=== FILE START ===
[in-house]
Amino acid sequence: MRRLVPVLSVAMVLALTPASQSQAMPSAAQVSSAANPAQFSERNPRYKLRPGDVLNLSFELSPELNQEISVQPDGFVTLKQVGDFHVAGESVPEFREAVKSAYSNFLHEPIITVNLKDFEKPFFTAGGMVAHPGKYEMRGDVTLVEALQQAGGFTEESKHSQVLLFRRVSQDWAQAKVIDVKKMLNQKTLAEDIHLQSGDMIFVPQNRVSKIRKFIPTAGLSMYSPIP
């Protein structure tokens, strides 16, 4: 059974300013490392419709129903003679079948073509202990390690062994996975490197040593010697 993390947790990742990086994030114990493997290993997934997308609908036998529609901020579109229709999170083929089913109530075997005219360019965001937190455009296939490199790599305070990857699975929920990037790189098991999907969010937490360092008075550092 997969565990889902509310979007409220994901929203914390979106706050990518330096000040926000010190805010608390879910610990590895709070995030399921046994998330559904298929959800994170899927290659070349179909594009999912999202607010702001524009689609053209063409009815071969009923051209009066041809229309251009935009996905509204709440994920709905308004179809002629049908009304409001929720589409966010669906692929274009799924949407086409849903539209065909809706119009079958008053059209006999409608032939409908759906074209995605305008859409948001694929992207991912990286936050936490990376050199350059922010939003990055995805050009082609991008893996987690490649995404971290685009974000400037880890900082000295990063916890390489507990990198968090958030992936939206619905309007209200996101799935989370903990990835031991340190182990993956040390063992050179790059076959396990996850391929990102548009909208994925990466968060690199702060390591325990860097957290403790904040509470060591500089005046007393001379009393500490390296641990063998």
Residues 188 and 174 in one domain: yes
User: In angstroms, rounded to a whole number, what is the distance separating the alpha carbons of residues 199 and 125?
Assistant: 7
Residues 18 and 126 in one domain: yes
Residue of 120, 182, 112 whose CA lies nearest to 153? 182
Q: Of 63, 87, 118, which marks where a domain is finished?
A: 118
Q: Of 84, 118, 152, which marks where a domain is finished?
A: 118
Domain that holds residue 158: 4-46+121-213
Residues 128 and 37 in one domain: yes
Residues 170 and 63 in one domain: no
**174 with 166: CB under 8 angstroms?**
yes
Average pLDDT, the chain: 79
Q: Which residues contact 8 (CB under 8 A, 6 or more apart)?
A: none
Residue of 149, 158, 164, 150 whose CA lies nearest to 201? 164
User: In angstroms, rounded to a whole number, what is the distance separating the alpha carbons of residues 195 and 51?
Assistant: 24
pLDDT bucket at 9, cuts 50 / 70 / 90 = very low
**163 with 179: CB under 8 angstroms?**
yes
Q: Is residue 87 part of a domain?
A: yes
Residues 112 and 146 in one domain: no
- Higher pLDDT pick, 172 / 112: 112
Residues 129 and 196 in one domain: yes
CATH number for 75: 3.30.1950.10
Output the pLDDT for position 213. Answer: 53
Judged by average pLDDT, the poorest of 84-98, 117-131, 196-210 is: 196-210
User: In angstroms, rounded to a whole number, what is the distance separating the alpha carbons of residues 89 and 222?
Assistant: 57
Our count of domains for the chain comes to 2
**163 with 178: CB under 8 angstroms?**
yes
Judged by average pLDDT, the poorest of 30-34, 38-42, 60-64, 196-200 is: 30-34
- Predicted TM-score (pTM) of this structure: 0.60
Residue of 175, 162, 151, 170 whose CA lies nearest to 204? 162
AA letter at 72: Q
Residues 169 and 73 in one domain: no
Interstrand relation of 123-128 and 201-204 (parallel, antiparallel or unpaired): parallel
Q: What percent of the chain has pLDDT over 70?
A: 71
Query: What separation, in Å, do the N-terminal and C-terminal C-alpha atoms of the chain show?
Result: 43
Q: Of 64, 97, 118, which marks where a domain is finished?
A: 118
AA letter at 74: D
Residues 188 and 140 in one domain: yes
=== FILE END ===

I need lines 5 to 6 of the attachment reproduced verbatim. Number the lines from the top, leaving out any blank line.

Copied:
User: In angstroms, rounded to a whole number, what is the distance separating the alpha carbons of residues 199 and 125?
Assistant: 7